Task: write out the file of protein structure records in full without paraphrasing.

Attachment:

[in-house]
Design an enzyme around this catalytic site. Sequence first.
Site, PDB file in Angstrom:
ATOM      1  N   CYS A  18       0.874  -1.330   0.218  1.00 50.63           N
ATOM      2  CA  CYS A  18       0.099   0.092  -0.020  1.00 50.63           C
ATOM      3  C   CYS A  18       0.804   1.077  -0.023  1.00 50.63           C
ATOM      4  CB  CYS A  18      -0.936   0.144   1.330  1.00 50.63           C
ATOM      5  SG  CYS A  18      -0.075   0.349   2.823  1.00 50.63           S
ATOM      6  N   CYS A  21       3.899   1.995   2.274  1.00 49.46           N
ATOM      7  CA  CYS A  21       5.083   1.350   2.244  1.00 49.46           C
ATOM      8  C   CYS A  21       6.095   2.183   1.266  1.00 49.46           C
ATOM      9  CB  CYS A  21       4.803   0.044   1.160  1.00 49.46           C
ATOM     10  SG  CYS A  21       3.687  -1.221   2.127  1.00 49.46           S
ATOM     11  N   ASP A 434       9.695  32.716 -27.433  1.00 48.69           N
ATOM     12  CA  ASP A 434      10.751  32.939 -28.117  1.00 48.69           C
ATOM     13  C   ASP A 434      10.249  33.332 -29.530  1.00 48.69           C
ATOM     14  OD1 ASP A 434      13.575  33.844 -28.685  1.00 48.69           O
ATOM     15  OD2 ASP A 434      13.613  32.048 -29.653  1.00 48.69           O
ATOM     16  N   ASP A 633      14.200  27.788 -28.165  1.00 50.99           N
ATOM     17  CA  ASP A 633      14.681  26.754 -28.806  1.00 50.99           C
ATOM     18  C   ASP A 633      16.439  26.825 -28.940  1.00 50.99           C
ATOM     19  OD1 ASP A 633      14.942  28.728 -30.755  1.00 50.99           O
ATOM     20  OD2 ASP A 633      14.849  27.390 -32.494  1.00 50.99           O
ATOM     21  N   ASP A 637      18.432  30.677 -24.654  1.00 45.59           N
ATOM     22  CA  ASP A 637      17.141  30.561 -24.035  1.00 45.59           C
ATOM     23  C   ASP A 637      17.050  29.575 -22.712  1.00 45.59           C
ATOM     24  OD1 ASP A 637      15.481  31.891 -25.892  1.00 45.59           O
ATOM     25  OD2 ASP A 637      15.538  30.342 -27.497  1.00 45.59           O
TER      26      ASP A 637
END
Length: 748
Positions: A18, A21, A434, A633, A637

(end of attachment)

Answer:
[in-house]
Design an enzyme around this catalytic site. Sequence first.
Site, PDB file in Angstrom:
ATOM      1  N   CYS A  18       0.874  -1.330   0.218  1.00 50.63           N
ATOM      2  CA  CYS A  18       0.099   0.092  -0.020  1.00 50.63           C
ATOM      3  C   CYS A  18       0.804   1.077  -0.023  1.00 50.63           C
ATOM      4  CB  CYS A  18      -0.936   0.144   1.330  1.00 50.63           C
ATOM      5  SG  CYS A  18      -0.075   0.349   2.823  1.00 50.63           S
ATOM      6  N   CYS A  21       3.899   1.995   2.274  1.00 49.46           N
ATOM      7  CA  CYS A  21       5.083   1.350   2.244  1.00 49.46           C
ATOM      8  C   CYS A  21       6.095   2.183   1.266  1.00 49.46           C
ATOM      9  CB  CYS A  21       4.803   0.044   1.160  1.00 49.46           C
ATOM     10  SG  CYS A  21       3.687  -1.221   2.127  1.00 49.46           S
ATOM     11  N   ASP A 434       9.695  32.716 -27.433  1.00 48.69           N
ATOM     12  CA  ASP A 434      10.751  32.939 -28.117  1.00 48.69           C
ATOM     13  C   ASP A 434      10.249  33.332 -29.530  1.00 48.69           C
ATOM     14  OD1 ASP A 434      13.575  33.844 -28.685  1.00 48.69           O
ATOM     15  OD2 ASP A 434      13.613  32.048 -29.653  1.00 48.69           O
ATOM     16  N   ASP A 633      14.200  27.788 -28.165  1.00 50.99           N
ATOM     17  CA  ASP A 633      14.681  26.754 -28.806  1.00 50.99           C
ATOM     18  C   ASP A 633      16.439  26.825 -28.940  1.00 50.99           C
ATOM     19  OD1 ASP A 633      14.942  28.728 -30.755  1.00 50.99           O
ATOM     20  OD2 ASP A 633      14.849  27.390 -32.494  1.00 50.99           O
ATOM     21  N   ASP A 637      18.432  30.677 -24.654  1.00 45.59           N
ATOM     22  CA  ASP A 637      17.141  30.561 -24.035  1.00 45.59           C
ATOM     23  C   ASP A 637      17.050  29.575 -22.712  1.00 45.59           C
ATOM     24  OD1 ASP A 637      15.481  31.891 -25.892  1.00 45.59           O
ATOM     25  OD2 ASP A 637      15.538  30.342 -27.497  1.00 45.59           O
TER      26      ASP A 637
END
Length: 748
Positions: A18, A21, A434, A633, A637